(Grevillea striata)


Also known as: Silver Honeysuckle

Beefwood grows to about 12 metres high with trunk diameters to 600mm or so on the Highlands. It is a very popular wood here with many locals choosing it for furniture. 
  For myself, I can't stand the stuff! It wasn't the aboriginals favoured source of resin for binding tools for nothing -  Beefwood is so full of resin that even a year after it has been felled, you can still get stalactites of resin sticking out from your turnings when you stop the lathe.
Large trees can produce stable, attractive boards for furniture making, especially when quarter-sawn.  Beefwood is moderately heavy but does machine well (but that dreaded resin can make a mess of your blades in the process).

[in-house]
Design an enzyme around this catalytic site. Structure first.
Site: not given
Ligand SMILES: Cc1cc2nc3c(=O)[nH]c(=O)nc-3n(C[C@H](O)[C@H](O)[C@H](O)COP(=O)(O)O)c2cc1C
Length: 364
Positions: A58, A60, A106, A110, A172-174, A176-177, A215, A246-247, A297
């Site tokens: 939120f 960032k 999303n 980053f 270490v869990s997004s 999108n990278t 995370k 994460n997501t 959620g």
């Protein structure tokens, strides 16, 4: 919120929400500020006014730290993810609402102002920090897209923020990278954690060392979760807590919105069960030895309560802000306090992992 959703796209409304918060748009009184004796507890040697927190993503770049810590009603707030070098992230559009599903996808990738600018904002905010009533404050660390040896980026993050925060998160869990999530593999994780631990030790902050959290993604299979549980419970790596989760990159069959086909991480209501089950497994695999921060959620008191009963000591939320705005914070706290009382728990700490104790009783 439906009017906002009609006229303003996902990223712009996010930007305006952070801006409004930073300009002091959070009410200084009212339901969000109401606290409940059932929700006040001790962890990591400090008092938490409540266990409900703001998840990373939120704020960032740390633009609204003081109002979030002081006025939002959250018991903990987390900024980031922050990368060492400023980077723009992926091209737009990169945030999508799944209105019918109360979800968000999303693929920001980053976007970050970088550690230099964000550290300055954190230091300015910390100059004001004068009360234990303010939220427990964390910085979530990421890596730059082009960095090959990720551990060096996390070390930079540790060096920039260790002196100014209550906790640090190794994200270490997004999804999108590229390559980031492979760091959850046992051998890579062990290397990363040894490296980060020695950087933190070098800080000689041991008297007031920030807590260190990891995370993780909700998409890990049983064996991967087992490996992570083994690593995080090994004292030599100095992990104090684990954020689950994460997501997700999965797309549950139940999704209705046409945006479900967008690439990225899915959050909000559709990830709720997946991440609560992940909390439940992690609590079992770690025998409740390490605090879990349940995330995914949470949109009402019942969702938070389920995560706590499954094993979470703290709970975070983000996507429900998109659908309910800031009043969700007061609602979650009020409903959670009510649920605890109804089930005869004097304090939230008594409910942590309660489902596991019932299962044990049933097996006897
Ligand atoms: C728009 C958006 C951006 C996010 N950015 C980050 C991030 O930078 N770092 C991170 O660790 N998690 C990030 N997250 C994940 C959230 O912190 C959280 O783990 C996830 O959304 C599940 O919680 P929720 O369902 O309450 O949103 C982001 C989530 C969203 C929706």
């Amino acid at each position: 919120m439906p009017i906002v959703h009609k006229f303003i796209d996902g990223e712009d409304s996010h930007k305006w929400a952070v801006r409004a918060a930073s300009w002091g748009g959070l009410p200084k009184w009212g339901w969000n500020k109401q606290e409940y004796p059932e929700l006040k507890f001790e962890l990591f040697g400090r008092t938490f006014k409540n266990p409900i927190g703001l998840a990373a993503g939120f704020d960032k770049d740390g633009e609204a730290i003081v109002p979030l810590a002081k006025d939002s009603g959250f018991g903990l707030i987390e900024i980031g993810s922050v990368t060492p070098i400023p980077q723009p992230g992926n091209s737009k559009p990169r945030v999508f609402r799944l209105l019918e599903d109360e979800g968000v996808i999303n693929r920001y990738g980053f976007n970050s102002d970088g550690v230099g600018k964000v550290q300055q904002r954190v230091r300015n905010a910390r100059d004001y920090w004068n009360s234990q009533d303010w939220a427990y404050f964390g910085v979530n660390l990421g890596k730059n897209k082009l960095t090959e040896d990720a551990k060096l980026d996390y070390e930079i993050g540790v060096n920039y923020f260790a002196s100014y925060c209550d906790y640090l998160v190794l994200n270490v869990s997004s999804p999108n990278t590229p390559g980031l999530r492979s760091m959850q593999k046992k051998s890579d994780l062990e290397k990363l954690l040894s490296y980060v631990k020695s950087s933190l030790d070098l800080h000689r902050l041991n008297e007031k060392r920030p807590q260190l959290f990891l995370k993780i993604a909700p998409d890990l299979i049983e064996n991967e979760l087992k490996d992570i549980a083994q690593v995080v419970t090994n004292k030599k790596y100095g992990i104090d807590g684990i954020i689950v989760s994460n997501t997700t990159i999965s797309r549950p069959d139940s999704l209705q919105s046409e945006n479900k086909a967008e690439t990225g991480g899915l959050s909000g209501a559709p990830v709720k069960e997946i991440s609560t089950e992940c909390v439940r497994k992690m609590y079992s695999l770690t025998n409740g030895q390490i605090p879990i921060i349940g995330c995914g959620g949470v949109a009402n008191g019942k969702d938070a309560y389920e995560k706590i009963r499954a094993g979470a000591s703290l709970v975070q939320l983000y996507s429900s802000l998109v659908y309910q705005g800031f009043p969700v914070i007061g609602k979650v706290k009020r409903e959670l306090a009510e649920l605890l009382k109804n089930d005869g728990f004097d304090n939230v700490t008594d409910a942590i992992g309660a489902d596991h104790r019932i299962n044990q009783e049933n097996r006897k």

As for sanding - every swipe clogs the paper. It takes a nice finish - for about a day, then the resin starts oozing out and ruins your work. While I have seen some beautiful Beefwood furniture crafted by our local club members, I leave it alone as much as possible.


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